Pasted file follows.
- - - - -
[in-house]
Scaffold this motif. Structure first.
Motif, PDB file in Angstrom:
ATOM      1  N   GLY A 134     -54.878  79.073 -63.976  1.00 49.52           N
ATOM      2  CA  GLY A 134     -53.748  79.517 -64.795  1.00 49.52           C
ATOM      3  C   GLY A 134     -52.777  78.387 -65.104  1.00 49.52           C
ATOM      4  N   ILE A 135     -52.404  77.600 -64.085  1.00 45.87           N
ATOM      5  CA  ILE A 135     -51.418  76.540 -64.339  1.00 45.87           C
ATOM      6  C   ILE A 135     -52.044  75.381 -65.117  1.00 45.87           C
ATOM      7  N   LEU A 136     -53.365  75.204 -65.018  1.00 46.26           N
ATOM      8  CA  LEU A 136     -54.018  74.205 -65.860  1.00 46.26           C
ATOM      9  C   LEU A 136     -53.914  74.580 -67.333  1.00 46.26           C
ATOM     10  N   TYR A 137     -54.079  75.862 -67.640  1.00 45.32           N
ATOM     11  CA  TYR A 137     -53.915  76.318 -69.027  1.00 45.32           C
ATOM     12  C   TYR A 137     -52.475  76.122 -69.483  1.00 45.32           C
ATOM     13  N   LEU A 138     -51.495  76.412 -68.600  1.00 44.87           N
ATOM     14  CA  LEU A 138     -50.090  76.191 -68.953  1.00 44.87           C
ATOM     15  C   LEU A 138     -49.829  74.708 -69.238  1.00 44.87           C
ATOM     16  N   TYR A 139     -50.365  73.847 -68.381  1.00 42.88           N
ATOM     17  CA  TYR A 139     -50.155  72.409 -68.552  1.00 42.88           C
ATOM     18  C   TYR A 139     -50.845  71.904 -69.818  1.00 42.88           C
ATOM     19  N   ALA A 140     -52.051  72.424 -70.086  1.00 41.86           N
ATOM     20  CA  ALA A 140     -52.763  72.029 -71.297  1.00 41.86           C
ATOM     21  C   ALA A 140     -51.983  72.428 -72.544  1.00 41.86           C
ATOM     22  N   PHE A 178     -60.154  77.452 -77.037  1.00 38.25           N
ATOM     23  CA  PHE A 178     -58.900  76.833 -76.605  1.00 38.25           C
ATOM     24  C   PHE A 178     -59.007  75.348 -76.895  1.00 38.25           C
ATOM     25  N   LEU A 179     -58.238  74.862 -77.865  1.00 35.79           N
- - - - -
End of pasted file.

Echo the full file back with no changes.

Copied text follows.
[in-house]
Scaffold this motif. Structure first.
Motif, PDB file in Angstrom:
ATOM      1  N   GLY A 134     -54.878  79.073 -63.976  1.00 49.52           N
ATOM      2  CA  GLY A 134     -53.748  79.517 -64.795  1.00 49.52           C
ATOM      3  C   GLY A 134     -52.777  78.387 -65.104  1.00 49.52           C
ATOM      4  N   ILE A 135     -52.404  77.600 -64.085  1.00 45.87           N
ATOM      5  CA  ILE A 135     -51.418  76.540 -64.339  1.00 45.87           C
ATOM      6  C   ILE A 135     -52.044  75.381 -65.117  1.00 45.87           C
ATOM      7  N   LEU A 136     -53.365  75.204 -65.018  1.00 46.26           N
ATOM      8  CA  LEU A 136     -54.018  74.205 -65.860  1.00 46.26           C
ATOM      9  C   LEU A 136     -53.914  74.580 -67.333  1.00 46.26           C
ATOM     10  N   TYR A 137     -54.079  75.862 -67.640  1.00 45.32           N
ATOM     11  CA  TYR A 137     -53.915  76.318 -69.027  1.00 45.32           C
ATOM     12  C   TYR A 137     -52.475  76.122 -69.483  1.00 45.32           C
ATOM     13  N   LEU A 138     -51.495  76.412 -68.600  1.00 44.87           N
ATOM     14  CA  LEU A 138     -50.090  76.191 -68.953  1.00 44.87           C
ATOM     15  C   LEU A 138     -49.829  74.708 -69.238  1.00 44.87           C
ATOM     16  N   TYR A 139     -50.365  73.847 -68.381  1.00 42.88           N
ATOM     17  CA  TYR A 139     -50.155  72.409 -68.552  1.00 42.88           C
ATOM     18  C   TYR A 139     -50.845  71.904 -69.818  1.00 42.88           C
ATOM     19  N   ALA A 140     -52.051  72.424 -70.086  1.00 41.86           N
ATOM     20  CA  ALA A 140     -52.763  72.029 -71.297  1.00 41.86           C
ATOM     21  C   ALA A 140     -51.983  72.428 -72.544  1.00 41.86           C
ATOM     22  N   PHE A 178     -60.154  77.452 -77.037  1.00 38.25           N
ATOM     23  CA  PHE A 178     -58.900  76.833 -76.605  1.00 38.25           C
ATOM     24  C   PHE A 178     -59.007  75.348 -76.895  1.00 38.25           C
ATOM     25  N   LEU A 179     -58.238  74.862 -77.865  1.00 35.79           N